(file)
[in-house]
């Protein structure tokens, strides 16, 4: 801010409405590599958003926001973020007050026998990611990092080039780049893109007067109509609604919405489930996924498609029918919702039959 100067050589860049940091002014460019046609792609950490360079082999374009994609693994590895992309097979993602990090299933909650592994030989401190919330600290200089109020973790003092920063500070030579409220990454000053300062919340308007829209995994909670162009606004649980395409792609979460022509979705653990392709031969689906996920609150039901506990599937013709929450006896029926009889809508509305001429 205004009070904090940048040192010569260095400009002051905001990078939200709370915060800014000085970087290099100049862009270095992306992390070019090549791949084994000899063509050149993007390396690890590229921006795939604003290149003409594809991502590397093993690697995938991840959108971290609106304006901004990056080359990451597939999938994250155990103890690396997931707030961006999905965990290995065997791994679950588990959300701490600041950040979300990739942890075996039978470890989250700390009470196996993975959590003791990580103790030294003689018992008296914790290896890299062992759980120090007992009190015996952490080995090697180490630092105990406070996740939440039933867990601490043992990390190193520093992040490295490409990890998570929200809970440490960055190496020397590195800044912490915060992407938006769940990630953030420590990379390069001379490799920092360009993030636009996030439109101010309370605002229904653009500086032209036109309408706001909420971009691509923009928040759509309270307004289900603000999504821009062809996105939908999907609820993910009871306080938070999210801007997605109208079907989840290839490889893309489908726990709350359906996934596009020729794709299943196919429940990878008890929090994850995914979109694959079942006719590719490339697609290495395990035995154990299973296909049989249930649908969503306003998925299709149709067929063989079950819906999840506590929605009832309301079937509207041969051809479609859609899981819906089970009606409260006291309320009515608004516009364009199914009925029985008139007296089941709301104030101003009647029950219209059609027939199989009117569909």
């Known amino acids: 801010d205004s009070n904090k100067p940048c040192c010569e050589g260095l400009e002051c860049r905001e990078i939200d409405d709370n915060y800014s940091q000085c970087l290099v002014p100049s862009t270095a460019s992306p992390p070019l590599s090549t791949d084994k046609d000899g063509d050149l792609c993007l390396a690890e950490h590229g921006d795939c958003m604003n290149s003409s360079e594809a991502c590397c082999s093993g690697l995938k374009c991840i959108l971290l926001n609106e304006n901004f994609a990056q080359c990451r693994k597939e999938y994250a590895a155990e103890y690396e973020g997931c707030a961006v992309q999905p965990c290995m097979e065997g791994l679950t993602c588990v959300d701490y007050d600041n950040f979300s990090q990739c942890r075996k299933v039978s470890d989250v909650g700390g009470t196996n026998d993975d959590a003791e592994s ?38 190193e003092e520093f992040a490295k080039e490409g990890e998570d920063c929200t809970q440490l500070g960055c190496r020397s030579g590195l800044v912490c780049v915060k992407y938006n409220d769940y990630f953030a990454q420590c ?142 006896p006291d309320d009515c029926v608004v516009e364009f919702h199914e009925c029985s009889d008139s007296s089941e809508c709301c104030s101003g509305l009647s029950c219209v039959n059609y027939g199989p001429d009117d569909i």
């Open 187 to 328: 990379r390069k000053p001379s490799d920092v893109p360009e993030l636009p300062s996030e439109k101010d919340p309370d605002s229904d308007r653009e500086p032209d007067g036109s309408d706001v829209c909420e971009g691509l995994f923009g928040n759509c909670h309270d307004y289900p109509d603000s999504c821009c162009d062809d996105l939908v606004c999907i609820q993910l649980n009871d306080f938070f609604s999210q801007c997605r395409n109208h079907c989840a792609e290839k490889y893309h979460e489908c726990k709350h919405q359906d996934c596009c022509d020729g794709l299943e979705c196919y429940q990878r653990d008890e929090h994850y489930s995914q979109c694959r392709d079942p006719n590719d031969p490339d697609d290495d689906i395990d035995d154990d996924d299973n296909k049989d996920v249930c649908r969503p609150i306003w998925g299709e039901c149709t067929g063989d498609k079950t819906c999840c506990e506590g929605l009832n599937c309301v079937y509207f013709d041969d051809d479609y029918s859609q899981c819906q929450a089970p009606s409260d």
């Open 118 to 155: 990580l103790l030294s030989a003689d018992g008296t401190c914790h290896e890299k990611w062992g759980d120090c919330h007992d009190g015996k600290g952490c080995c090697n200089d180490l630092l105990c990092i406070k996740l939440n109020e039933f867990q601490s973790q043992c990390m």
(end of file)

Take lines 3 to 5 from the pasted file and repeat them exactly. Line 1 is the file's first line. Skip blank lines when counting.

């Known amino acids: 801010d205004s009070n904090k100067p940048c040192c010569e050589g260095l400009e002051c860049r905001e990078i939200d409405d709370n915060y800014s940091q000085c970087l290099v002014p100049s862009t270095a460019s992306p992390p070019l590599s090549t791949d084994k046609d000899g063509d050149l792609c993007l390396a690890e950490h590229g921006d795939c958003m604003n290149s003409s360079e594809a991502c590397c082999s093993g690697l995938k374009c991840i959108l971290l926001n609106e304006n901004f994609a990056q080359c990451r693994k597939e999938y994250a590895a155990e103890y690396e973020g997931c707030a961006v992309q999905p965990c290995m097979e065997g791994l679950t993602c588990v959300d701490y007050d600041n950040f979300s990090q990739c942890r075996k299933v039978s470890d989250v909650g700390g009470t196996n026998d993975d959590a003791e592994s ?38 190193e003092e520093f992040a490295k080039e490409g990890e998570d920063c929200t809970q440490l500070g960055c190496r020397s030579g590195l800044v912490c780049v915060k992407y938006n409220d769940y990630f953030a990454q420590c ?142 006896p006291d309320d009515c029926v608004v516009e364009f919702h199914e009925c029985s009889d008139s007296s089941e809508c709301c104030s101003g509305l009647s029950c219209v039959n059609y027939g199989p001429d009117d569909i």
């Open 187 to 328: 990379r390069k000053p001379s490799d920092v893109p360009e993030l636009p300062s996030e439109k101010d919340p309370d605002s229904d308007r653009e500086p032209d007067g036109s309408d706001v829209c909420e971009g691509l995994f923009g928040n759509c909670h309270d307004y289900p109509d603000s999504c821009c162009d062809d996105l939908v606004c999907i609820q993910l649980n009871d306080f938070f609604s999210q801007c997605r395409n109208h079907c989840a792609e290839k490889y893309h979460e489908c726990k709350h919405q359906d996934c596009c022509d020729g794709l299943e979705c196919y429940q990878r653990d008890e929090h994850y489930s995914q979109c694959r392709d079942p006719n590719d031969p490339d697609d290495d689906i395990d035995d154990d996924d299973n296909k049989d996920v249930c649908r969503p609150i306003w998925g299709e039901c149709t067929g063989d498609k079950t819906c999840c506990e506590g929605l009832n599937c309301v079937y509207f013709d041969d051809d479609y029918s859609q899981c819906q929450a089970p009606s409260d």
């Open 118 to 155: 990580l103790l030294s030989a003689d018992g008296t401190c914790h290896e890299k990611w062992g759980d120090c919330h007992d009190g015996k600290g952490c080995c090697n200089d180490l630092l105990c990092i406070k996740l939440n109020e039933f867990q601490s973790q043992c990390m």